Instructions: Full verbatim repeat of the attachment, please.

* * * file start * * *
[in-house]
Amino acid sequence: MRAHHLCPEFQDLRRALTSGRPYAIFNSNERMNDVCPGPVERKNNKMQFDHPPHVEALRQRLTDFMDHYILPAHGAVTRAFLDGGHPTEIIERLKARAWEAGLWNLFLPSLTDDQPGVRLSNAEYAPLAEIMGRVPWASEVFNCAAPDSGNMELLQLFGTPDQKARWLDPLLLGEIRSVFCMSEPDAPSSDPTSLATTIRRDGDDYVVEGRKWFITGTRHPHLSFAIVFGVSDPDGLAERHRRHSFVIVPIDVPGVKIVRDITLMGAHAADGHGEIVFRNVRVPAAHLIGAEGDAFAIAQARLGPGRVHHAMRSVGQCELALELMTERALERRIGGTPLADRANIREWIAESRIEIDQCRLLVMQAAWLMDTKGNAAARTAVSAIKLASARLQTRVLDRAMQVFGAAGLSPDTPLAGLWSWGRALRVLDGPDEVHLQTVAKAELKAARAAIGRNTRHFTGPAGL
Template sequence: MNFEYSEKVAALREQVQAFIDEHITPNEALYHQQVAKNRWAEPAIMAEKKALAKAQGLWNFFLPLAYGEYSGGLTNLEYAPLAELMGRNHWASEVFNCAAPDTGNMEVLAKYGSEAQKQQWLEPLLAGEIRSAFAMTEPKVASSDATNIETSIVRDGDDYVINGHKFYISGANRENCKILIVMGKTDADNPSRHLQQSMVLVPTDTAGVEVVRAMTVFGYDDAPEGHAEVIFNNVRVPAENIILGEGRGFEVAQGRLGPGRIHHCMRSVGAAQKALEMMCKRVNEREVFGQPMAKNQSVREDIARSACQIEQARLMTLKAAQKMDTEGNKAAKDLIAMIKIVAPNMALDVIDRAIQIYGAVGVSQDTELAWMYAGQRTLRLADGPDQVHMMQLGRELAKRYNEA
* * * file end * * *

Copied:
[in-house]
Amino acid sequence: MRAHHLCPEFQDLRRALTSGRPYAIFNSNERMNDVCPGPVERKNNKMQFDHPPHVEALRQRLTDFMDHYILPAHGAVTRAFLDGGHPTEIIERLKARAWEAGLWNLFLPSLTDDQPGVRLSNAEYAPLAEIMGRVPWASEVFNCAAPDSGNMELLQLFGTPDQKARWLDPLLLGEIRSVFCMSEPDAPSSDPTSLATTIRRDGDDYVVEGRKWFITGTRHPHLSFAIVFGVSDPDGLAERHRRHSFVIVPIDVPGVKIVRDITLMGAHAADGHGEIVFRNVRVPAAHLIGAEGDAFAIAQARLGPGRVHHAMRSVGQCELALELMTERALERRIGGTPLADRANIREWIAESRIEIDQCRLLVMQAAWLMDTKGNAAARTAVSAIKLASARLQTRVLDRAMQVFGAAGLSPDTPLAGLWSWGRALRVLDGPDEVHLQTVAKAELKAARAAIGRNTRHFTGPAGL
Template sequence: MNFEYSEKVAALREQVQAFIDEHITPNEALYHQQVAKNRWAEPAIMAEKKALAKAQGLWNFFLPLAYGEYSGGLTNLEYAPLAELMGRNHWASEVFNCAAPDTGNMEVLAKYGSEAQKQQWLEPLLAGEIRSAFAMTEPKVASSDATNIETSIVRDGDDYVINGHKFYISGANRENCKILIVMGKTDADNPSRHLQQSMVLVPTDTAGVEVVRAMTVFGYDDAPEGHAEVIFNNVRVPAENIILGEGRGFEVAQGRLGPGRIHHCMRSVGAAQKALEMMCKRVNEREVFGQPMAKNQSVREDIARSACQIEQARLMTLKAAQKMDTEGNKAAKDLIAMIKIVAPNMALDVIDRAIQIYGAVGVSQDTELAWMYAGQRTLRLADGPDQVHMMQLGRELAKRYNEA